I have posted before about Gabby saying goodbye to Young Emily in Clark Park, West Philadelphia, in August 1970. Here I continue from Gabby’s journal, describing his drive across the country, stopping briefly in Winnemucca.
And – then – it was just the Ford and me and a half-dozen boxed mini Tastykake apple pies and a Triptik that Tavia had done for me – burnin’ the breezes through the humid, green, rich and sweet-smelling Pennsylvania Turnpike August night, assuming standard orbit – on to glory! Goodbye Philly.
As excited as I was about getting back to California and Lance and our fight for justice, there was more than just a trace of sadness in my eyes. This was not starting out as the glorious Return from Exile that I had been imagining since getting on the Greyhound in Delano 11 months earlier. Cicero’s triumphant return from Thessalonica to cheering crowds in August 57 BC had been my working model. I didn’t feel like Cicero.
Nor, for that matter, did I feel like I was in Karl von Steuben’s painting of Napoleon’s triumphant 1815 return from exile on Elba.
Back on the road – gas was $.30 a gallon and there were no real speed limits and – aside from the Young Emily despair (what is she doing Right Now? What were we doing at This Time yesterday?) – what a joyful drive it should have been! The further west I got, the happier I should have been, but I was finding that as the ever-so-long and ever-so-lonesome night passed and morning came, her scents were fading from my fingers and shirt. I despaired the passing of her scents – of her hair, her kiss, her clothes, and most of all the mingled sweet her-me, girl-boy scents from the gates of heaven, from our loving embrace, from her girl places and my boy places.
As the day and miles passed I was either very happy (less) or very lost (more) and the AM radio in the car was not a great help with either emotion.
Grace Slick’s power in Somebody to Love helped too, but not much. As I crossed Illinois, I remembered a funny story that a girl named Mary told us on the picket line in Trenton about haiku. Haiku! Of course – that’s the answer.
Perfect love perfect sorrow
Moth flame poof she said.
I was proud of my achievement, but found no comfort. Our perfect love, followed by perfect sorrow, boiled down to three words. Moth. Flame. Poof. I said those words over and over.
I stopped in Nekoosa for a too-short visit home – three years away from home takes home very far away. It was here that my cognitive dissonance about the Union and Young Emily crested, the pull of California/Lance/justice and the pull of the young girl in Philadelphia tore at me. I wasn’t in the habit of working emotional problems out with my family and I didn’t start with this one, putting on instead a Happy Gabby face, content with every life decision I had made and steering the conversation to the lives of other family members and local Tri-Cities news.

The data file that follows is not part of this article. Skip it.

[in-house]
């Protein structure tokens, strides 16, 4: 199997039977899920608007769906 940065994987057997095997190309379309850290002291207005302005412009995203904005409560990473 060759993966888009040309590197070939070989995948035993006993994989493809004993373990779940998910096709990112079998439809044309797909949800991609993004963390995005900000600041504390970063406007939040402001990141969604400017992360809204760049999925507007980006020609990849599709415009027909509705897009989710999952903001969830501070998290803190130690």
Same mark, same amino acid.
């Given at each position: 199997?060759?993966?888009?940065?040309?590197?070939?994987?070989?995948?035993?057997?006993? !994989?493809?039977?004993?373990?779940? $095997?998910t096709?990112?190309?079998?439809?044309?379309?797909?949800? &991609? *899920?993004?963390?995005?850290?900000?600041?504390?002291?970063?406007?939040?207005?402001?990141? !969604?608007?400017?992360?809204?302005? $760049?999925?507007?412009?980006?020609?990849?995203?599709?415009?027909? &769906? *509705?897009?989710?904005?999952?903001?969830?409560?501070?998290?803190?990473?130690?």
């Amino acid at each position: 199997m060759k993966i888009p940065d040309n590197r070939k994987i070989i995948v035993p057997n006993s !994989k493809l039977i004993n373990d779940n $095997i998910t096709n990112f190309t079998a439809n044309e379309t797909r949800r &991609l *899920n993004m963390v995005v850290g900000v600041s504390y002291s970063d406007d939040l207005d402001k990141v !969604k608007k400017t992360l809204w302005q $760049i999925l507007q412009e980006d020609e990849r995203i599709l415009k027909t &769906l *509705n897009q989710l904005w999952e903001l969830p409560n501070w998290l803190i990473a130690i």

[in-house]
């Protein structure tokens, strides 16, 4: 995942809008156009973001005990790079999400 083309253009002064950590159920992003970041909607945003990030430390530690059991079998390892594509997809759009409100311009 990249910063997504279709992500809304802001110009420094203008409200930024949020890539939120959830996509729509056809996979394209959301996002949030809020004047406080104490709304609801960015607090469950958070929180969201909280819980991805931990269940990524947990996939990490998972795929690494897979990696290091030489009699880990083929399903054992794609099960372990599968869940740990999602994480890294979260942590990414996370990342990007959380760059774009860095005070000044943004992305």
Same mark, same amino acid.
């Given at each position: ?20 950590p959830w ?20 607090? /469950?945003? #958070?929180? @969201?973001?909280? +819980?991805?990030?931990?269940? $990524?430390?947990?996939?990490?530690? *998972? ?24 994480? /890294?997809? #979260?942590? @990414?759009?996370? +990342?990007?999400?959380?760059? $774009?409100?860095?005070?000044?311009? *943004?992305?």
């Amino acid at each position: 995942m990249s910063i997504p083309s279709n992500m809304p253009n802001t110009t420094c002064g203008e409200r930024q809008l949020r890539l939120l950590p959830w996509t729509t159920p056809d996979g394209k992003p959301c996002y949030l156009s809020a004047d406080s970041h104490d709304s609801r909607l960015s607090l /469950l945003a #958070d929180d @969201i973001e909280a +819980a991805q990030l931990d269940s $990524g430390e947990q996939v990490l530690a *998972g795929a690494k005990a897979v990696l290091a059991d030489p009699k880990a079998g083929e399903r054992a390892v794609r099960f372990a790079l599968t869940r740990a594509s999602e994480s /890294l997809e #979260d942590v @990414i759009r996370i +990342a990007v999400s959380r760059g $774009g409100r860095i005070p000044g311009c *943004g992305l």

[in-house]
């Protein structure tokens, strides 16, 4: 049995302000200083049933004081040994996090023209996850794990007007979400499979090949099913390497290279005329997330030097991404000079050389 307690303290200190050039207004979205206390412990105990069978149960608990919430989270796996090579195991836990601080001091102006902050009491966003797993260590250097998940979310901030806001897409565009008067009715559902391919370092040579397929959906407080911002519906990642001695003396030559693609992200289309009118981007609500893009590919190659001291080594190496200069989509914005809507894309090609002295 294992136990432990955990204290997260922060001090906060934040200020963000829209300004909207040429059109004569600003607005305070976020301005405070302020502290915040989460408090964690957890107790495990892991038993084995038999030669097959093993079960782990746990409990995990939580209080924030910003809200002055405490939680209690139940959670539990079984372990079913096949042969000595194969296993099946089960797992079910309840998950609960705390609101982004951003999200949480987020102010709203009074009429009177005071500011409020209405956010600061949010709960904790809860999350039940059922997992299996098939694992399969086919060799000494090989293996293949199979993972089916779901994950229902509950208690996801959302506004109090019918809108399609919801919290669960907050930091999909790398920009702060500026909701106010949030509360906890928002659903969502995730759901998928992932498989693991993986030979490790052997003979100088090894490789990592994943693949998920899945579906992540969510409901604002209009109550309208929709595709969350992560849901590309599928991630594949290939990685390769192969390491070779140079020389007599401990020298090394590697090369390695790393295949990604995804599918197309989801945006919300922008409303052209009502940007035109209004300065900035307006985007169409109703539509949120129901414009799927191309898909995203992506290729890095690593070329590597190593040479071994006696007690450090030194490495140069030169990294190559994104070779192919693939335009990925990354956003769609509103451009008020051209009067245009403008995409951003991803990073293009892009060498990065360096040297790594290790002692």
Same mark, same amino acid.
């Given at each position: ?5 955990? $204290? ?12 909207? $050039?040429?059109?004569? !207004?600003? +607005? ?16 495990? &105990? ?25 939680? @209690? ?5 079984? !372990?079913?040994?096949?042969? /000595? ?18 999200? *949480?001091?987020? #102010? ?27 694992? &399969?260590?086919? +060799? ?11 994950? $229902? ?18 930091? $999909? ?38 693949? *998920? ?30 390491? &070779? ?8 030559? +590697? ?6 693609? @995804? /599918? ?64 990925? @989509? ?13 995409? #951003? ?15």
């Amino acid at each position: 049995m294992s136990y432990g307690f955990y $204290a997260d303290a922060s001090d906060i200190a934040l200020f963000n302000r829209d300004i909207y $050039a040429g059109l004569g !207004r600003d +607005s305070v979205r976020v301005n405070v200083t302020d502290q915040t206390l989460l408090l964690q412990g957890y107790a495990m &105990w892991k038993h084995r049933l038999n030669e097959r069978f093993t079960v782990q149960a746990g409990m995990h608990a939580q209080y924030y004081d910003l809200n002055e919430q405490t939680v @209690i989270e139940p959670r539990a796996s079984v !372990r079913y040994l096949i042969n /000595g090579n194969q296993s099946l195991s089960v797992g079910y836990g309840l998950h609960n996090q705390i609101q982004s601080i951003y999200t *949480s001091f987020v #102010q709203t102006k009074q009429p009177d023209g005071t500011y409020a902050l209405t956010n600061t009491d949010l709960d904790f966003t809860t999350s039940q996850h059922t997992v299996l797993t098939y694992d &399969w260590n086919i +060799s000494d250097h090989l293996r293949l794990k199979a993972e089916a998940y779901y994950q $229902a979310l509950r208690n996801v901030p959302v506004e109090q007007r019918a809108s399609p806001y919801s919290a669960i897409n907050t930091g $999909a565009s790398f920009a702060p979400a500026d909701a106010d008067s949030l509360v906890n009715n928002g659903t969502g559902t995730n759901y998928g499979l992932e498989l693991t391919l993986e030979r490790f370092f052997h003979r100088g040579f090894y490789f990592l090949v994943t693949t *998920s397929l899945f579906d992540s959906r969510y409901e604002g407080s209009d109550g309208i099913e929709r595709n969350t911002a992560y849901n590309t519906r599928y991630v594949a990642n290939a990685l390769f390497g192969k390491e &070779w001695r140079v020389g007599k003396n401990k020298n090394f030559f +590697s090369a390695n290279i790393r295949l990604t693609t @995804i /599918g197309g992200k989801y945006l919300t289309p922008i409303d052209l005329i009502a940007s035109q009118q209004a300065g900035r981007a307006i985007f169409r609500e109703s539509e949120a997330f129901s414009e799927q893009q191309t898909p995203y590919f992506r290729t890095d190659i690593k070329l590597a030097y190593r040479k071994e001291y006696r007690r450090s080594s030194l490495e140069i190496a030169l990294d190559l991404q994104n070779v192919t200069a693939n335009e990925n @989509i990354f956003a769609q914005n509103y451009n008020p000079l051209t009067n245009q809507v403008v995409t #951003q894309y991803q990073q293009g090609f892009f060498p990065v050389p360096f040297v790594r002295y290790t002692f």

The first night home I found my answer in Joseph Conrad, my paperback copy of Lord Jim from high school still in what used to be my room. Of course – there is the answer! In the destructive element immerse! Let pain of loss be pain of loss. Let perfect sorrow be perfect sorrow. Let the road home be the road home.
Accept the ablution that perfect sorrow offers, the loss of innocence that you didn’t know you had to lose. If she still finds a way to haunt you, immerse yourself in the haunting. Moth – meet flame. Poof! Ha!
I highballed it across the prairie states and stopped in Fort Collins where Cody was trying college and taking his science very seriously and what not. “I half expected to see Young Emily with you. That was a pretty special harmony you two had” was the first thing he said – and how did he know this after only seeing us that one night in Washington?
I poured my heart out. He listened and then summed it up, “Easy come, hard go.”
“Honestly, Cody, I didn’t even see the coming coming and yes, hard go – who knew?”
“Could-be dream lover of a lifetime? She sings like Patsy Cline – you know that I assume. And she’s there, you’re here? I don’t know.” At least he didn’t call me a fucking idiot. Richie would a few days later though.
It was then the Ford and me over the Rockies into Nevada. Inspired by Butch Cassidy and the Sundance Kid which I had seen with the Dazzler five or six or seven times, I stopped in Winnemucca for the night. I learned that the legend of a robbery there was – a legend. Not Butch at all.
Nevada, California, to Delano. The old Ford got me there.
I ran this by my friend, who of course knew Gabby and Young Emily those days. “Well, it’s 46 years later and it worked out pretty good, but I bet that was one sorrowful drive he had.”
What about the post?